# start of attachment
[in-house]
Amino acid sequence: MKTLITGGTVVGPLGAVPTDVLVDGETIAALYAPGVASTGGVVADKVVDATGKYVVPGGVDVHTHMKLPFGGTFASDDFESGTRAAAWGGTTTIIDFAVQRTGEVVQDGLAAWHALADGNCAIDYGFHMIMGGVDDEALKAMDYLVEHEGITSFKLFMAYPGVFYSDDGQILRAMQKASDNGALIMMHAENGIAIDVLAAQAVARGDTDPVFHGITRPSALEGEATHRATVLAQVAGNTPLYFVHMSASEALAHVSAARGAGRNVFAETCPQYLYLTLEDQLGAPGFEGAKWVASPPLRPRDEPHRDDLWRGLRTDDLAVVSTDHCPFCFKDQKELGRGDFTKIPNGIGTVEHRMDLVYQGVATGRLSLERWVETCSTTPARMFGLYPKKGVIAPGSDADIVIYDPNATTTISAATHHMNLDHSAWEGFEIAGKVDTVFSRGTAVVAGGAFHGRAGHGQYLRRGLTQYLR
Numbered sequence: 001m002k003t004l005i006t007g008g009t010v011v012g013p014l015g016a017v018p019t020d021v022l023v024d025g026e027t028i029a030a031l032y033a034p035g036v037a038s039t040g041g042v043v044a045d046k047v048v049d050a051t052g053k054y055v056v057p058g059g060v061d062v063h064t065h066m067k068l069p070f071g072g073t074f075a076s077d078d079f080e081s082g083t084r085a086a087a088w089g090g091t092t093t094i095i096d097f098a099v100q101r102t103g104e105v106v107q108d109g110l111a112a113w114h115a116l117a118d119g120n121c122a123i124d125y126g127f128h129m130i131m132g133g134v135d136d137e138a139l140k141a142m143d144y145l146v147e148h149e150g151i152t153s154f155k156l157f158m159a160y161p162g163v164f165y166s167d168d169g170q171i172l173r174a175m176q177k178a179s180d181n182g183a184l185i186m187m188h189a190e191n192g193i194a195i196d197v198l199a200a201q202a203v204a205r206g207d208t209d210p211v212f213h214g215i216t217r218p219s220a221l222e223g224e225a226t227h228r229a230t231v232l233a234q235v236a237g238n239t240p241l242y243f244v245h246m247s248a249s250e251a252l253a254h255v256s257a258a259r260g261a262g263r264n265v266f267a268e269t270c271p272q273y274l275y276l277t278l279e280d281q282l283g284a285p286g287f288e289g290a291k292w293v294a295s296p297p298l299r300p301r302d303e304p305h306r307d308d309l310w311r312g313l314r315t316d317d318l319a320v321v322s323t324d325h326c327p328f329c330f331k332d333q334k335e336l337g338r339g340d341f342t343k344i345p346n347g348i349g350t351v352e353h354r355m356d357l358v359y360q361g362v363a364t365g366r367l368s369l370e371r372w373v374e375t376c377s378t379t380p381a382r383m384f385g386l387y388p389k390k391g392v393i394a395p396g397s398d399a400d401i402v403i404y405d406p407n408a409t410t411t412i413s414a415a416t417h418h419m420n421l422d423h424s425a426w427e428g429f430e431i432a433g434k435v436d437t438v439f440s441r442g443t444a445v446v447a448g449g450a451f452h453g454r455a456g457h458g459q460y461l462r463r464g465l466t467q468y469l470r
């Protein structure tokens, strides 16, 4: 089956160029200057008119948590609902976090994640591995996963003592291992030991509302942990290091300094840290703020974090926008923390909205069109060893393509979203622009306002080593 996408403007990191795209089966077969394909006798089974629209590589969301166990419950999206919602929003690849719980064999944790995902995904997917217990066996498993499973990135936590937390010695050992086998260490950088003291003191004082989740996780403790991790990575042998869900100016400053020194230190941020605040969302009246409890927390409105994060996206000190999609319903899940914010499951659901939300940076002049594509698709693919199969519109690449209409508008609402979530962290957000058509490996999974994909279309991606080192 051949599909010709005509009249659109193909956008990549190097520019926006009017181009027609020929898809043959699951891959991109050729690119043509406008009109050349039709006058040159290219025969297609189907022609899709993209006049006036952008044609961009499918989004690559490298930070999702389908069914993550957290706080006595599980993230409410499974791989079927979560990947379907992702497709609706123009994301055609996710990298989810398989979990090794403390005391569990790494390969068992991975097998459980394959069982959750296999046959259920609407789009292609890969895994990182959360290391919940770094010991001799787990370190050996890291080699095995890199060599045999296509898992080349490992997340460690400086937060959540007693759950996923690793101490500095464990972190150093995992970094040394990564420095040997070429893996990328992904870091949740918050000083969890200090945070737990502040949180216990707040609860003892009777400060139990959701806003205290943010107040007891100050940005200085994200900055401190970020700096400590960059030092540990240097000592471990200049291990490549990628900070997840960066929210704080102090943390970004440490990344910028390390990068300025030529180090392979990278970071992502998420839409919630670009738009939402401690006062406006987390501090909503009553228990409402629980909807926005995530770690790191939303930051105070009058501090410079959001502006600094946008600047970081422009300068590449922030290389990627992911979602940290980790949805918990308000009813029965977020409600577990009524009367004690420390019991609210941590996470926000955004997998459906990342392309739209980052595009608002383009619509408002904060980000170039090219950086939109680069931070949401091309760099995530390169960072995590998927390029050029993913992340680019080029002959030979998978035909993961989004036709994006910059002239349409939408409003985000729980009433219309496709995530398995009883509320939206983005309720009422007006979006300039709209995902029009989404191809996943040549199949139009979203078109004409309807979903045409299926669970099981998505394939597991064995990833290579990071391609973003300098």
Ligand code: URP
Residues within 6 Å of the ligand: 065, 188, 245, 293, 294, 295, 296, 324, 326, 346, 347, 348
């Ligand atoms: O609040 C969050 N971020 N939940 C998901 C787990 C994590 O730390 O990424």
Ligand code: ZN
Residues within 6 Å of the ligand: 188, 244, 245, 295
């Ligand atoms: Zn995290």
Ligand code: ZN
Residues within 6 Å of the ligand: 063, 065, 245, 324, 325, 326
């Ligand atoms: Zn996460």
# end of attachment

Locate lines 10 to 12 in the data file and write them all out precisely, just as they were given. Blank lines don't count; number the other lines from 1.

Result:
């Ligand atoms: Zn995290």
Ligand code: ZN
Residues within 6 Å of the ligand: 063, 065, 245, 324, 325, 326